San Francisco cuisine is all about the interesection of cultures. Whether that means traditional Burmese food or fusing together Japanese and Latin traditions — it’s all good.
Unlike it’s South East Asian sisters, Thai and Vietnamese cuisine, Burmese food is not well-represented in this country. Burmese cuisine makes extensive use of fish products like fish sauce and ngapi (fermented seafood). Located near Myanmar, Burmese cuisine has been influenced by Chinese cuisine, Indian cuisine and Thai cuisine.
At Burma Superstar you will find Burmese specialties like tea leaf salad. In tea leaf salad pickled tea is dressed with sesame oil and surrounded by other ingredients such as crisp fried garlic, peas and peanuts, toasted sesame, crushed dried shrimp, preserved shredded ginger and fried shredded coconut. Other specialties include chicken and shrimp rice casserole, egg curry with fresh okra, with rich and creamy coconut rice, lychee mint smoothie, mango chicken and mint chicken, fish curry (pictured above), and pea leaf greens
At Bi-Rite Creamery they make ice cream by hand in small batches, creating delicious flavors with local, handmade and organic ingredients. They were the first ice cream shop in San Francisco to use Straus Family Creamery organic dairy, the first certified organic dairy west of the Mississippi. In the bakery next to their ice cream kitchen, they make everything that goes into their ice cream, whether it’s brownies, peanut brittle, or the snickerdoodles for Ricanelas.
They also support local farms and respect the seasons. Balsamic Strawberry is one of their most popular flavors, but they only make it in spring and summer, when local strawberries from Swanton Berry Farm and others are at their juicy, fragrant peak. Come winter, they switch over to Earl Grey, Eggnog, Peppermint Stick with Seely organic mint oil, and organic Orange Cardamom ice creams to take advantage of the California citrus harvests. They look forward to using Mead and Mead’s Maple Syrup in their seasonal Maple Walnut ice cream.
So stop in and try some of the staff’s favorite combos: the seasonal trio (a scoop of earl grey, one of meyer lemon with gingersnap, and one of orange cardamom), triflecta (a scoop of salted caramel, one of brown sugar with ginger caramel swirl, and one of malted vanilla with peanut brittle and chocolate), or a scoop of each: honey lavender and chocolate, or ricanelas ice cream with homemade caramel sauce.
San Francisco is known as the home of the mission burrito and La Taqueria is said to have the best mission burritos in San Francisco. It is a type of burrito that first became popular during the 1960s in the Mission District.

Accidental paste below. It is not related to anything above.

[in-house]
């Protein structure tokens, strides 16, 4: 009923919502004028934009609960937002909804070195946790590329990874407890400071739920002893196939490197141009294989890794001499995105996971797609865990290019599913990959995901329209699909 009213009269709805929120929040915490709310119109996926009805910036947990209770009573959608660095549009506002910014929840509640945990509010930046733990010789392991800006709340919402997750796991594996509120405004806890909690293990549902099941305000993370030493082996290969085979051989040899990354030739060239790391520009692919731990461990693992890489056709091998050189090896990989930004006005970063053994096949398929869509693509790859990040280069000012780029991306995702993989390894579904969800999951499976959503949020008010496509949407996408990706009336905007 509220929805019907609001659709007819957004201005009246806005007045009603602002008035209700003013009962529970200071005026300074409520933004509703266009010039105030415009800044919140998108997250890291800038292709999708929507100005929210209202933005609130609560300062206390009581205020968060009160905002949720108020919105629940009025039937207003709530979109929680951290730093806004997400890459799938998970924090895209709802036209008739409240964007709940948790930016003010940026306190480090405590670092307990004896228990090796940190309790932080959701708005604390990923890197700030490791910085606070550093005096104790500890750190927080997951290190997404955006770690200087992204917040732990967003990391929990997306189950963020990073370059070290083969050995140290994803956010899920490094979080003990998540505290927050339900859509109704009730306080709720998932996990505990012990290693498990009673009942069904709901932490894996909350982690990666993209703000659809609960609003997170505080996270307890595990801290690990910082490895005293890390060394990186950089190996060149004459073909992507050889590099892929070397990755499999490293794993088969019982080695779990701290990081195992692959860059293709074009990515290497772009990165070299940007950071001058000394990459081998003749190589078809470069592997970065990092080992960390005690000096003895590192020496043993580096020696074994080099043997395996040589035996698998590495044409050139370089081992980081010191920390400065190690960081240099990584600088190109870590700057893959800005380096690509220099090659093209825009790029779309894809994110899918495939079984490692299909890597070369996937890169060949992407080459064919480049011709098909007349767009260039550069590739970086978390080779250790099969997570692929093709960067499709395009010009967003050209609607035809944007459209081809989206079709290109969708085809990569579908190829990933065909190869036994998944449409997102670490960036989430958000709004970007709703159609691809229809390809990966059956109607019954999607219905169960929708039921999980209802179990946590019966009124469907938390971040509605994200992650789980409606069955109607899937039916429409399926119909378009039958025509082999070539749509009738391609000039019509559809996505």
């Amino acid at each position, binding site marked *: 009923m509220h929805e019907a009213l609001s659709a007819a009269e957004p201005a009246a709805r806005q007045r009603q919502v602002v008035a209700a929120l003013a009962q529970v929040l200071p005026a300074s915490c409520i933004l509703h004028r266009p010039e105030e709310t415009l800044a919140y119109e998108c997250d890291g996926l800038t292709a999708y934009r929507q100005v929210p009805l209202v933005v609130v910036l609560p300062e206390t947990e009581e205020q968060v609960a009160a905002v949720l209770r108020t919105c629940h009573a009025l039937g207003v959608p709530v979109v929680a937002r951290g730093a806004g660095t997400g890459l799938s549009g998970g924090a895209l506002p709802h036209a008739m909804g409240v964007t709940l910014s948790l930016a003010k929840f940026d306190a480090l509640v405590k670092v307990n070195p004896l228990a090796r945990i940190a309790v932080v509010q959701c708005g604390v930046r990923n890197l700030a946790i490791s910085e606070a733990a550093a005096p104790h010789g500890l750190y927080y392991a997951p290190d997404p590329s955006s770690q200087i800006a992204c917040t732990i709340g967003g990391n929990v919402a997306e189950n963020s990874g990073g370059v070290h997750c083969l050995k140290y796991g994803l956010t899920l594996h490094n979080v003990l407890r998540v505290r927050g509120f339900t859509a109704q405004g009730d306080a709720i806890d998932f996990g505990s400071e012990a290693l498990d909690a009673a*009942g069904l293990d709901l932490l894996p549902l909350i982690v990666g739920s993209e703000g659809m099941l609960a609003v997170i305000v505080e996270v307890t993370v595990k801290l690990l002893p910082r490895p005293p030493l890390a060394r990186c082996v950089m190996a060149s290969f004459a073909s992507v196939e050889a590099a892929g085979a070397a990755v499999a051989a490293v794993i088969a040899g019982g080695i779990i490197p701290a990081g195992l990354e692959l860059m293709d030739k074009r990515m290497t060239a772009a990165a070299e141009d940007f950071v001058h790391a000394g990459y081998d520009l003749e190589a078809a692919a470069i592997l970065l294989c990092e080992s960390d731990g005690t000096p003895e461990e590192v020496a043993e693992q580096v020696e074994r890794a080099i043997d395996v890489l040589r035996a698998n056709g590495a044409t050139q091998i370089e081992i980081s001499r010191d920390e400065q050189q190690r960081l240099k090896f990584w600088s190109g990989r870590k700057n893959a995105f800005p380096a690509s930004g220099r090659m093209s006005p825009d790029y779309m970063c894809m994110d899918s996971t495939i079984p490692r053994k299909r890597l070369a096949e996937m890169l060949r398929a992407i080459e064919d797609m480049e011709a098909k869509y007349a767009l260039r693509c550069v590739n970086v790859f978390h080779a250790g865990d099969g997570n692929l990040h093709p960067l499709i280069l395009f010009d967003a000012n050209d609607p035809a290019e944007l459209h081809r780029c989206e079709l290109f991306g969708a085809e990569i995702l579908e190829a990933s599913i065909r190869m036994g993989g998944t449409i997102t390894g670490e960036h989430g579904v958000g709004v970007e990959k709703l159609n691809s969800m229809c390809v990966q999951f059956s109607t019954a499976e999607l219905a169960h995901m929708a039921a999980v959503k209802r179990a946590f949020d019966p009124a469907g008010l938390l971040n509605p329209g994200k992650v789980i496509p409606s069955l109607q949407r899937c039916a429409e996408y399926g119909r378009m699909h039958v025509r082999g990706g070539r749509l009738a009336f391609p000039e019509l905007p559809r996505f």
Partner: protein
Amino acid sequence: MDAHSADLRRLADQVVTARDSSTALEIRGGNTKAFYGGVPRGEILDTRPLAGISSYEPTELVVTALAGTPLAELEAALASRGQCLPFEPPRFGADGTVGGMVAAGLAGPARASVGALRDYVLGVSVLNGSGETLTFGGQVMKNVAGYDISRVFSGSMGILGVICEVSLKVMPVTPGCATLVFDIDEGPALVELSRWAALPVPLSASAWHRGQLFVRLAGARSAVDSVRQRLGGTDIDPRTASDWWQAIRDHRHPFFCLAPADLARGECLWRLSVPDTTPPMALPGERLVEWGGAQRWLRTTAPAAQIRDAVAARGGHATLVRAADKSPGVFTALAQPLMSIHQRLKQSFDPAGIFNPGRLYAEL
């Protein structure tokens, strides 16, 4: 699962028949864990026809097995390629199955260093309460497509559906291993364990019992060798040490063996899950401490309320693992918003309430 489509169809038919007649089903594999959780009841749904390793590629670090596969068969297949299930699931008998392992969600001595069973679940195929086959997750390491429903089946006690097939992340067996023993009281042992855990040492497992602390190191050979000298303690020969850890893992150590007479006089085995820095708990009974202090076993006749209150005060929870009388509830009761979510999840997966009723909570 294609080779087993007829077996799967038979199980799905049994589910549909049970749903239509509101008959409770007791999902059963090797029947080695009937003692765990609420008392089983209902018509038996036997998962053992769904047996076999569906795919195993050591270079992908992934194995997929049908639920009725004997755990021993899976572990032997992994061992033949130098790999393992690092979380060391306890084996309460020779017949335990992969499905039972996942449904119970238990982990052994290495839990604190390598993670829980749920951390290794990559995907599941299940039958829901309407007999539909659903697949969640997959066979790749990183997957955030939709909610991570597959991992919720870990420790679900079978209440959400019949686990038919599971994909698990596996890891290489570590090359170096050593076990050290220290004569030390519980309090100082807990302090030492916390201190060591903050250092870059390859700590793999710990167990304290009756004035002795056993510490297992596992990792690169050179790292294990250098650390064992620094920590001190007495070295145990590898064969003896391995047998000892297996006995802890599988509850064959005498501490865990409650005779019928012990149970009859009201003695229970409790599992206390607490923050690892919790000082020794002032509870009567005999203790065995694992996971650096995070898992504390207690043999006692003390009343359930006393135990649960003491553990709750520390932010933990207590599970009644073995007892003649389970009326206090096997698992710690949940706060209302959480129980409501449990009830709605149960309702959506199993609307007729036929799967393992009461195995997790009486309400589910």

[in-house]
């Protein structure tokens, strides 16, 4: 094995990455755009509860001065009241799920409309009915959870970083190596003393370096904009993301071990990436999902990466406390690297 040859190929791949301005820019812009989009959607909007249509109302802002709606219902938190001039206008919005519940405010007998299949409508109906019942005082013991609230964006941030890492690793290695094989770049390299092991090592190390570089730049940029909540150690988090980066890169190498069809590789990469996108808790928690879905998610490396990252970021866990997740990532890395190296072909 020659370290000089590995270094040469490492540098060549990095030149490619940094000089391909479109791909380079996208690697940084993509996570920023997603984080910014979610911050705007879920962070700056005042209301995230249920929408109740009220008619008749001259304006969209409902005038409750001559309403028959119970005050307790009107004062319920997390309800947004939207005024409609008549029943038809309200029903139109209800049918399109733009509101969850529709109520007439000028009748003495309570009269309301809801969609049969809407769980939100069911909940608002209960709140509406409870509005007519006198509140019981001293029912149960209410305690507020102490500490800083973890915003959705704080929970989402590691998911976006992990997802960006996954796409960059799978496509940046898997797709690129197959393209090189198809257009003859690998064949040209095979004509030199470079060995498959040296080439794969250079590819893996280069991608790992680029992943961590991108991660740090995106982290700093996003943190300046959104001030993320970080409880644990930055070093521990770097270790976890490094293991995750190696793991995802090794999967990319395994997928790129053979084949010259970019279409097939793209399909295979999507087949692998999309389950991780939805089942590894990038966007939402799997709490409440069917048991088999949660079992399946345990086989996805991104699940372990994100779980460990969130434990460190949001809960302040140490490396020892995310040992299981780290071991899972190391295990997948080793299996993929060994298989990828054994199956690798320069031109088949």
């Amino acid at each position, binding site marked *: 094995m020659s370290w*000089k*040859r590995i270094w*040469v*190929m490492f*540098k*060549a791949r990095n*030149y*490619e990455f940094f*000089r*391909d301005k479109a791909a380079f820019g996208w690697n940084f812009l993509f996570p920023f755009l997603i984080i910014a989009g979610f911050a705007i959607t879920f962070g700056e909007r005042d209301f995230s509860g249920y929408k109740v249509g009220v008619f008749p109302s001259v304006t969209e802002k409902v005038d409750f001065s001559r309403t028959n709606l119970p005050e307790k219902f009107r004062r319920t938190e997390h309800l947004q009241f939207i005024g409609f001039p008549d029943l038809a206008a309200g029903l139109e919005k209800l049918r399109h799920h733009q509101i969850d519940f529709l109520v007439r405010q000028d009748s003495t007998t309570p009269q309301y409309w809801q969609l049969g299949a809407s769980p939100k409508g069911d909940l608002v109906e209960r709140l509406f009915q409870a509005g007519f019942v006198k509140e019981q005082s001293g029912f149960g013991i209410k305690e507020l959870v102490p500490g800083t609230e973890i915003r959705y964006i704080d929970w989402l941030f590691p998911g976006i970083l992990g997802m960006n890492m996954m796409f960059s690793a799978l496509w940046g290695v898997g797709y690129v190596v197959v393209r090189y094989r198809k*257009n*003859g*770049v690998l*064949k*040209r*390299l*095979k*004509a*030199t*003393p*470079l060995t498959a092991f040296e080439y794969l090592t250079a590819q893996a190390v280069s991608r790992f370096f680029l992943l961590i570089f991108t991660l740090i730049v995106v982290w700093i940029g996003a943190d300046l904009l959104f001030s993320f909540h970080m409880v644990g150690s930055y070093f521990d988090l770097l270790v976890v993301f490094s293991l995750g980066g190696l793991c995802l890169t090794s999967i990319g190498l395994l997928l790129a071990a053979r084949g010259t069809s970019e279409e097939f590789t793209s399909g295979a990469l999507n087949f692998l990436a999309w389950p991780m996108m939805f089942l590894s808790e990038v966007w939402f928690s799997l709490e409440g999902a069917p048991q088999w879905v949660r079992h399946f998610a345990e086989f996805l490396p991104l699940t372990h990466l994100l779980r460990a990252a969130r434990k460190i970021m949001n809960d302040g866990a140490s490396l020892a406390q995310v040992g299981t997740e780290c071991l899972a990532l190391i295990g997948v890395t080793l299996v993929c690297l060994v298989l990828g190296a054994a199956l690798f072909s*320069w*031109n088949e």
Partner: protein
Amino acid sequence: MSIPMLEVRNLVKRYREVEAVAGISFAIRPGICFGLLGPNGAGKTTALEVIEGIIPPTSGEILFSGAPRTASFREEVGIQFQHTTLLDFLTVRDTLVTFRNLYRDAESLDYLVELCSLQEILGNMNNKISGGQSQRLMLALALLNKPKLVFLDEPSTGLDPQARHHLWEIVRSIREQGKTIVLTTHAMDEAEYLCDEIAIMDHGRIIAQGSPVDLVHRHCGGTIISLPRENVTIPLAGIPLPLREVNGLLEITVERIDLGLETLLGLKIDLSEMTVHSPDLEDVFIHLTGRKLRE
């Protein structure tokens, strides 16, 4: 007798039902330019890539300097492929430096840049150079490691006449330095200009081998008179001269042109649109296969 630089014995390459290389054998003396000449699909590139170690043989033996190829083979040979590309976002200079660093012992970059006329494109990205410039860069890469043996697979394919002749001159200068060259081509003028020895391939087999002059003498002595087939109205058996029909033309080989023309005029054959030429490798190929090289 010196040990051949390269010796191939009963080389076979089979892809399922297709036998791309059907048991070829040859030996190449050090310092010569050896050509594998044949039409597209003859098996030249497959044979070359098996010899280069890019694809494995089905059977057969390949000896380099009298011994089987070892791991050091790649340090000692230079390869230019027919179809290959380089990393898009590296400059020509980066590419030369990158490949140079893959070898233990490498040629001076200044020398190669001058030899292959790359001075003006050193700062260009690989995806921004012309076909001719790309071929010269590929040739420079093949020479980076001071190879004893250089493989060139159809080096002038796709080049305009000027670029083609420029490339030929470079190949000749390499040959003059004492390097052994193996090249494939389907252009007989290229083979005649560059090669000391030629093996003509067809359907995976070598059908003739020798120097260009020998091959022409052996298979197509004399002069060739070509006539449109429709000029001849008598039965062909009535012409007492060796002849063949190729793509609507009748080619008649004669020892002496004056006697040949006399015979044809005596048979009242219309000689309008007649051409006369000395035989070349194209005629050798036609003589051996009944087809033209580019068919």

It tends to be larger than other burritos and includes extra rice and other ingredients such as Spanish rice, beans, sliced fresh avocado or guacamole, cheese, sour cream, stewed or grilled chicken, grilled beef steak, barbecued pork, braised shredded pork, chile verde, chile colorado, chorizo, beef tongue, stewed and shredded beef, stewed beef head, beef brain, beef eyeball, shrimp, goat meat, shredded beef with red chile sauce, carne molida, chicharrónes, barbaaco, fish, picadillo, mole, prickly pear cactus, and tripas. In other words, there is something for everyone.
These burritos are so huge that you leave them in the foil and fold it down as you eat, or else there is a good chance that it will explode all over you.
Miguel Jara opened La Taqueria in 1973 and he ran out of food by 2 o’clock. The traffic has remained consistent ever since. Why? Because everything is made by scratch every day.
Now that you’ve been introduced to San Francisco’s mission burrito we are ready to unveil the sushirrito–a made-to-order, hand held sushi burrito with Asian and Latin flavor combinations.
“Feeling constrained by pricey, time-consuming sit-down sushi restaurants and pre-made options lacking quality and originality, Founder Peter Yen was determined to find a better way to serve sushi and saw the opportunity to combine 2 of the Bay Area’s favorite foods: sushi and burritos. Peter created the Sushirrito brand name and trademarked it in 2008.”
I’m trying to decide between the Satori with Kampachi Yellowtail, Cucumber, Pickled Red Onion, Sweet Corn, Red Tobiko, Avocado, Wasabi Mayo and the Salmon Samba with Oven-Baked Agave-Soy Salmon, Tempura Asparagus, Namasu Cucumber, Butter Lettuce, Avocado, Pepitas, Wasabi Dust, Teri-Mayonesa. This could take awhile
Ike’s Place was first opened on Halloween of 2007 by Ike Shehadeh. The bread is baked fresh to order, and their soon to be patented “Ike’s Dirty Secret Sauce” is spread on every sandwich and baked right in the bread, with another layer spread on afterwards to give it that extra flavor.
Ike’s place has become so popular it faces eviction. He’s become such a huge success selling thousands of sandwiches each week, that neighbors have complained about the large crowds.
So show your support by heading in and enjoying a Fat Bastard (American, Bacon, Extra Dirty, Ham) or a Hot Momma Huda (Buffalo Wing Sauce, Halal Chicken, Provolone, Ranch) and picking up your “Free Ike” T-shirt.
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